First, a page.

And I threw my head back and laughed. As I laughed, I remembered all I had left to do. Had planned to do. And I got back to work.

Visionaries don’t have time to pay attention to what the blind call attention to.

Updates, Musings and Email Lists

So, here is what’s up…

My Lovelies:

Don’t feel neglected, I have been so busy lately and clearly my plate (read: my jump drive). I found projects I forgot about, 2 manuscripts, and lot of random poems and essays. I mean I even started a YouTube channel! Grad school is becoming a reality, my MFA is shaping up, and I still have to be a mother of 2 Queens.


So what I am going to do, is get back to it. What does that mean? Oh, that means content my dearest ones! That means there will be things which are going to be both exclusive, published and private. At long last, this means the mailing list is coming! And I’m working on 3 (yes, one less than 4, 1 more than 2) books! On top of a collaboration book I’m doing with some writergirls!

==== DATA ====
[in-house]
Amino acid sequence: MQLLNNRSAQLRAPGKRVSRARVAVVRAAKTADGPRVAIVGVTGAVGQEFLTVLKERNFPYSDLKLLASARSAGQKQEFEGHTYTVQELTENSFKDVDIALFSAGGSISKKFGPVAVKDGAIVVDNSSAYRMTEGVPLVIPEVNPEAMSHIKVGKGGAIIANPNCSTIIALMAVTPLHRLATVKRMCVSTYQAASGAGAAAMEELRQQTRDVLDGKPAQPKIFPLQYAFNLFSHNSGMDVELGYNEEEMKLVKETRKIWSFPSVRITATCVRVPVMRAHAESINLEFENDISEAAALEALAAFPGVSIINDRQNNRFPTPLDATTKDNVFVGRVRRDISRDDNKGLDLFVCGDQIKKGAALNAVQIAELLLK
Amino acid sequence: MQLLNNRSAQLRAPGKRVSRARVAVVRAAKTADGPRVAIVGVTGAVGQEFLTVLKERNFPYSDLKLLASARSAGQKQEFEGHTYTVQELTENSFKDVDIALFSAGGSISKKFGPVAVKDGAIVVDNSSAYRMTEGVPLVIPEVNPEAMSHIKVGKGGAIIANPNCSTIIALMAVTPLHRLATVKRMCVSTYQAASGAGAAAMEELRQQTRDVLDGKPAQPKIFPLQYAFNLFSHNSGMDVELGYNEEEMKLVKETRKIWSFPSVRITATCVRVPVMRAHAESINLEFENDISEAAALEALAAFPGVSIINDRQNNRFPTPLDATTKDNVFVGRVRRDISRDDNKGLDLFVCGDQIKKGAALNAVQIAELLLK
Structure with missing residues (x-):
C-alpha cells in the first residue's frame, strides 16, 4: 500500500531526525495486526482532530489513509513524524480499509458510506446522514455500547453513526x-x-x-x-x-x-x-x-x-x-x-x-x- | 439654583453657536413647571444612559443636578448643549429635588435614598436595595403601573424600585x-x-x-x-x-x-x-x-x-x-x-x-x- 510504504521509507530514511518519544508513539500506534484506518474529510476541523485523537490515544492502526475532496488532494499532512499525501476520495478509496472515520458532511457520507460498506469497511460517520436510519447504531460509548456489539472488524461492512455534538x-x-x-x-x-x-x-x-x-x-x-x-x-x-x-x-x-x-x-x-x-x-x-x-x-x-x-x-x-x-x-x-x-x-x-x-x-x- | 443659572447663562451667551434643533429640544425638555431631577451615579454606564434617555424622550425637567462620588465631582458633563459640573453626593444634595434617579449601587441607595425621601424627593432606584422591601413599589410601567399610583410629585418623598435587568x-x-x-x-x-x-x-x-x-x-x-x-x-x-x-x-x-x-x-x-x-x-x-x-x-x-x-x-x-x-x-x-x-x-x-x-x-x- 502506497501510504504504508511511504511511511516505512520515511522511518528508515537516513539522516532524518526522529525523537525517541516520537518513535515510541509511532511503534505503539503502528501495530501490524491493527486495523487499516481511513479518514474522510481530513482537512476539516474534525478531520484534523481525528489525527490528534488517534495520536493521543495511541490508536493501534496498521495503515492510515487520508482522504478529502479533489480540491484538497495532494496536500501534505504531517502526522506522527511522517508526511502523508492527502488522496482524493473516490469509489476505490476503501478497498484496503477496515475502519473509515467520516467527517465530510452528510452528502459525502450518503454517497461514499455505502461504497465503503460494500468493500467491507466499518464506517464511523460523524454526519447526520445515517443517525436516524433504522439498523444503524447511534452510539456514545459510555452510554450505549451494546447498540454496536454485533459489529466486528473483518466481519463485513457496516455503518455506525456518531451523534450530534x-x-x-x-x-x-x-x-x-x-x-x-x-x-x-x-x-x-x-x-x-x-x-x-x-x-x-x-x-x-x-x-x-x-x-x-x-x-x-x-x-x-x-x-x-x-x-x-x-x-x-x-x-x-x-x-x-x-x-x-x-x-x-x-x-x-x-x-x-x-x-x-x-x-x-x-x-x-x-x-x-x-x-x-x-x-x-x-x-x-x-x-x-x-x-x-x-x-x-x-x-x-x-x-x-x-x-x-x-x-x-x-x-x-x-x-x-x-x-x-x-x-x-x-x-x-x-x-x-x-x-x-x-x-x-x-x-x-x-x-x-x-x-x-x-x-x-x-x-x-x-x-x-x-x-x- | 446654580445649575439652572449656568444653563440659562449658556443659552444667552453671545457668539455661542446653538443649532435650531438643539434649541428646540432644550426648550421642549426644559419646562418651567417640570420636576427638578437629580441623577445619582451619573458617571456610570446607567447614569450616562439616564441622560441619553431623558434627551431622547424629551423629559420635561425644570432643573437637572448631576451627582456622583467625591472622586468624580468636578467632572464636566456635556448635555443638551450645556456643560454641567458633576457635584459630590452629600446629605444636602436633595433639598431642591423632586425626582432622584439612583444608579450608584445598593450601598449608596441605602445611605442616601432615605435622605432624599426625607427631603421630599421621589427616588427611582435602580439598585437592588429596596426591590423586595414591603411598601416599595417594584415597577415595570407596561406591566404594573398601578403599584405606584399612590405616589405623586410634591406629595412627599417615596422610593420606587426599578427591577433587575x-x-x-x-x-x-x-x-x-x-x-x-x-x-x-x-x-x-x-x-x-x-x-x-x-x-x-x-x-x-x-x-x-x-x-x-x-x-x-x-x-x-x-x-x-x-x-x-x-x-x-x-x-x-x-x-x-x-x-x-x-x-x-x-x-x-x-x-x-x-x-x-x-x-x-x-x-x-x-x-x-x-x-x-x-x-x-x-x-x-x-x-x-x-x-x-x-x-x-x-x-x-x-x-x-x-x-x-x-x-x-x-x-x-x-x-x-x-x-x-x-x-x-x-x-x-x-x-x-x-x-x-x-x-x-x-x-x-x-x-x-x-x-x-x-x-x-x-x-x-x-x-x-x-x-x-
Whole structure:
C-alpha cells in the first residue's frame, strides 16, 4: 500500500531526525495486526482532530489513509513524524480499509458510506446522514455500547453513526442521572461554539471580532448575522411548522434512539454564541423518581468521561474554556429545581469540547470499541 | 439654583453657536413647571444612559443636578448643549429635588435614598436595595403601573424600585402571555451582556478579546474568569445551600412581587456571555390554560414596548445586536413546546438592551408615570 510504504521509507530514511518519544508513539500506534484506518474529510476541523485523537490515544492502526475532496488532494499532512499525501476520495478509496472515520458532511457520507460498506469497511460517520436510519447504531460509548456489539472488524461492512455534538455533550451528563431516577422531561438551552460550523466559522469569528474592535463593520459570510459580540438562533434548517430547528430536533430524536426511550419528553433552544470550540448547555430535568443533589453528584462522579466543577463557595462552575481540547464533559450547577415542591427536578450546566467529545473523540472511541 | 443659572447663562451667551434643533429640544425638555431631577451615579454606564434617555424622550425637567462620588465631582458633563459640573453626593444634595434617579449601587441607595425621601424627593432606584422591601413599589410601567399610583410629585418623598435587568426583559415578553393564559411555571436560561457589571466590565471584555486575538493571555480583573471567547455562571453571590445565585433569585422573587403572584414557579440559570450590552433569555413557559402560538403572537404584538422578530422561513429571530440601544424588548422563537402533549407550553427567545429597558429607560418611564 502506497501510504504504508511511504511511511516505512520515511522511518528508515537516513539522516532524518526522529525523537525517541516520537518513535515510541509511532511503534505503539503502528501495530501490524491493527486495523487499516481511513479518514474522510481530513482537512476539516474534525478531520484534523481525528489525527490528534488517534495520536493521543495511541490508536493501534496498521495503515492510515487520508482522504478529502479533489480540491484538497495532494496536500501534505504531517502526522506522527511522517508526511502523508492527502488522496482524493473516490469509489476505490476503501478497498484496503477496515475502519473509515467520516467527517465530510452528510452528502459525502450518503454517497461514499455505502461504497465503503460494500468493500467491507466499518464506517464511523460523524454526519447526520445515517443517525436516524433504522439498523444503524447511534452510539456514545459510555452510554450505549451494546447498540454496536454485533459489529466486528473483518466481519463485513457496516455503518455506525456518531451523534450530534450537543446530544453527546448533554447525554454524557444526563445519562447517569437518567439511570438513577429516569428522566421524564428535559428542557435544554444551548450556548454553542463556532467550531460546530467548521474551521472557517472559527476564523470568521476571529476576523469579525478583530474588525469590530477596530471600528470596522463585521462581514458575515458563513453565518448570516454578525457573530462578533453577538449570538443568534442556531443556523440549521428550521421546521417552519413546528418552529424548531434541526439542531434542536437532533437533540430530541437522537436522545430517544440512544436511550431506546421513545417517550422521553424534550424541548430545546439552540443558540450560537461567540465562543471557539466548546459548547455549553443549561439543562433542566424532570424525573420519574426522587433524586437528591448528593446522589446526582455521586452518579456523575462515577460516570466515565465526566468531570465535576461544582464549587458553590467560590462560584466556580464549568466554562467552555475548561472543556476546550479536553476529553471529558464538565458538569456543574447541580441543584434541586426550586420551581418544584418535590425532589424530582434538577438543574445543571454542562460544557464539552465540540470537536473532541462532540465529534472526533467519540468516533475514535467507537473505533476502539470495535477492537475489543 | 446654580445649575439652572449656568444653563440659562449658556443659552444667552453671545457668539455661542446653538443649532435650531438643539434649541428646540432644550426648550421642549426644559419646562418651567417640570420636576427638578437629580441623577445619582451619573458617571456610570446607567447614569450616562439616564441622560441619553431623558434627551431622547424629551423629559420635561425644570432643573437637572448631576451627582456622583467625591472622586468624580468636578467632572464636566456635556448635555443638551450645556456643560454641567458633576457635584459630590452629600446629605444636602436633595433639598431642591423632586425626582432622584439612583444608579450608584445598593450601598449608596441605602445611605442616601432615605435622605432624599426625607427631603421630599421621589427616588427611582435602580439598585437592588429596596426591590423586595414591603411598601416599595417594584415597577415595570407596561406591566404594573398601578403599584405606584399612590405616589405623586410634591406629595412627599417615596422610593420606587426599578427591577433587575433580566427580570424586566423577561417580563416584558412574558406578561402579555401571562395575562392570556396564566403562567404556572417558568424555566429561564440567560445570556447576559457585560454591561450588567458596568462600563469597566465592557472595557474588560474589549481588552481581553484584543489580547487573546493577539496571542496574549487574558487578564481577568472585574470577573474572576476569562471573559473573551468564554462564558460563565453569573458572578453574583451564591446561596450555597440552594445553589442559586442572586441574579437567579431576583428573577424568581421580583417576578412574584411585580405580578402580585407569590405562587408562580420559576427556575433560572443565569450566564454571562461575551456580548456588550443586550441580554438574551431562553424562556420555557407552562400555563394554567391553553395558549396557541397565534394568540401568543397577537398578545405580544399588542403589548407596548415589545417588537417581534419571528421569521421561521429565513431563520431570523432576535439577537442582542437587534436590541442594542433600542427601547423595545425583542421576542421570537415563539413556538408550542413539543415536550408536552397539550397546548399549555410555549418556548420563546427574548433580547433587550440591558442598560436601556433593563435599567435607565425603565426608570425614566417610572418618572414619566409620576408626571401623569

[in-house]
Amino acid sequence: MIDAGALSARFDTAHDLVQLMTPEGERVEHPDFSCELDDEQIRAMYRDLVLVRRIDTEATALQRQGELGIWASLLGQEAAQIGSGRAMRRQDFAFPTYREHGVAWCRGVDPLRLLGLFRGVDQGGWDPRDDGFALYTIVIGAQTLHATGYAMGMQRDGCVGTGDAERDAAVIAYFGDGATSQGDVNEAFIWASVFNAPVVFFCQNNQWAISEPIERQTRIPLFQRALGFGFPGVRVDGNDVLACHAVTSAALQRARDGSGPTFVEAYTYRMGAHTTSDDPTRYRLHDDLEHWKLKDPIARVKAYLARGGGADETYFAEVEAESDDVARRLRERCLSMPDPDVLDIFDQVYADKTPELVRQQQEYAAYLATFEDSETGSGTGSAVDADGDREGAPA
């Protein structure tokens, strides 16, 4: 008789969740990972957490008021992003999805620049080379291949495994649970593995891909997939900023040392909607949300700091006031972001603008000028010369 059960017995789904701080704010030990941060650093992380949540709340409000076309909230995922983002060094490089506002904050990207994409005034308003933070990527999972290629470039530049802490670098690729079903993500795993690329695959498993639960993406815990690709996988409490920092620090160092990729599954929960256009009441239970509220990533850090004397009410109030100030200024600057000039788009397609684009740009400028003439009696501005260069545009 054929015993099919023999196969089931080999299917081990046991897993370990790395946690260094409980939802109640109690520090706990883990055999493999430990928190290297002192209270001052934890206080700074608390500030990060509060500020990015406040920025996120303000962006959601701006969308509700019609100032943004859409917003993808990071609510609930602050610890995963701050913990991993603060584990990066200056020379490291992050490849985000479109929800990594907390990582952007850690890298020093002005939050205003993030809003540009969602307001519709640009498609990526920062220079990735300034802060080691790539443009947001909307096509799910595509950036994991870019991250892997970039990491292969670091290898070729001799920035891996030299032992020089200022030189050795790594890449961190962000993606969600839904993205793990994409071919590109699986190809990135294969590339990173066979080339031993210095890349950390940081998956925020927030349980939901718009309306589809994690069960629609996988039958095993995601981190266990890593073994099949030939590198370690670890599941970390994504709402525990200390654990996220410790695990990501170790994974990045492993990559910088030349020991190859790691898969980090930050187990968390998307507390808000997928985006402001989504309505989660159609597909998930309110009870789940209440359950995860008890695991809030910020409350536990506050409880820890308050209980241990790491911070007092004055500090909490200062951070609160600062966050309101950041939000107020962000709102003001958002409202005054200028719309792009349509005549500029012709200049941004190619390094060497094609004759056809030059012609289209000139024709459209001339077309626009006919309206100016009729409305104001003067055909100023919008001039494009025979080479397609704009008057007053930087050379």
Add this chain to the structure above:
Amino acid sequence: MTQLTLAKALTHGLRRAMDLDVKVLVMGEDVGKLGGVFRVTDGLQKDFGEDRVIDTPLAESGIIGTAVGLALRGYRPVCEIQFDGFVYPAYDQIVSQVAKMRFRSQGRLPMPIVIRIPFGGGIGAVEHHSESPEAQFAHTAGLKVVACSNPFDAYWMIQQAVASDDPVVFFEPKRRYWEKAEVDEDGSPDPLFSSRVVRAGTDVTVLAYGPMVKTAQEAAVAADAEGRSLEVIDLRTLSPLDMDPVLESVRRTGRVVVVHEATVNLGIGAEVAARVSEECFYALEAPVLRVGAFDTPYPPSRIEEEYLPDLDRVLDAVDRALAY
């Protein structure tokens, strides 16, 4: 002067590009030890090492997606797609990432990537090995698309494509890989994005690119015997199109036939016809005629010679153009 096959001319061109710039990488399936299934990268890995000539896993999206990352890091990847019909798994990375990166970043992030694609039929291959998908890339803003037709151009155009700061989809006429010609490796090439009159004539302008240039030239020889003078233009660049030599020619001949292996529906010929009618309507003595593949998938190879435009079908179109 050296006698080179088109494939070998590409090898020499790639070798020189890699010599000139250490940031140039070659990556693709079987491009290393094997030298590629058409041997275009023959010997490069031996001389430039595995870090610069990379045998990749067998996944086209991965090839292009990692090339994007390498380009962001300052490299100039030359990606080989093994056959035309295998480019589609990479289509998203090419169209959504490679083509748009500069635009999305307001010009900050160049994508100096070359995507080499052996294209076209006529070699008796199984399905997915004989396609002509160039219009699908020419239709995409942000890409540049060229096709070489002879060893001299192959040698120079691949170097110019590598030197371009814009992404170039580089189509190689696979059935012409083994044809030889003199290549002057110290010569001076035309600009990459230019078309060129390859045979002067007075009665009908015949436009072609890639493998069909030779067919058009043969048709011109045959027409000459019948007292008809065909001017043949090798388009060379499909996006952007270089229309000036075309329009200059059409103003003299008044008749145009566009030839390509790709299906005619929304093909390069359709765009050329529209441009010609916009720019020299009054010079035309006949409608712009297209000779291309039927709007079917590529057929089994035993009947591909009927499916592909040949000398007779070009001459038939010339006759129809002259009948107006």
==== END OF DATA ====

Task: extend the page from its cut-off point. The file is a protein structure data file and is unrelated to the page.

So…know three things.

1.) I love you all.

2.) More content is coming here (and on YouTube).

3.) New books are coming this summer. Pre-order information will be up Friday. Here the covers:

Nice, right?
(June 2020)

You know you wanna read it already! Very Alice Walker.
(July 2020)

Even thought it may seem that you won’t/ don’t see me, nothing is farther than the truth! I’m even working on the sequel/prequel to RUBY! Whew!

Know that I love you all with all my Black Girl Magic!

Stay Tune, beloveds!

Greatness is coming!

Black LGBTQIA Kids Matter: Brava, Dwayne Wade.

Image may contain: 2 people, people smiling, possible text that says 'Hakuna Truvada @angryblkhoemo Anyway, it's gonna be funny watching everyone who JUST screamed that we have to respect one famous basketball player and his legacy, now throw all that energy outta the window for another famous basketball player upon him telling y'all to respect his own child's name and pronouns'

First thing first: BRAVA, DWAYNE WADE!

Second thing second: Y’all gone leave Zaya alone!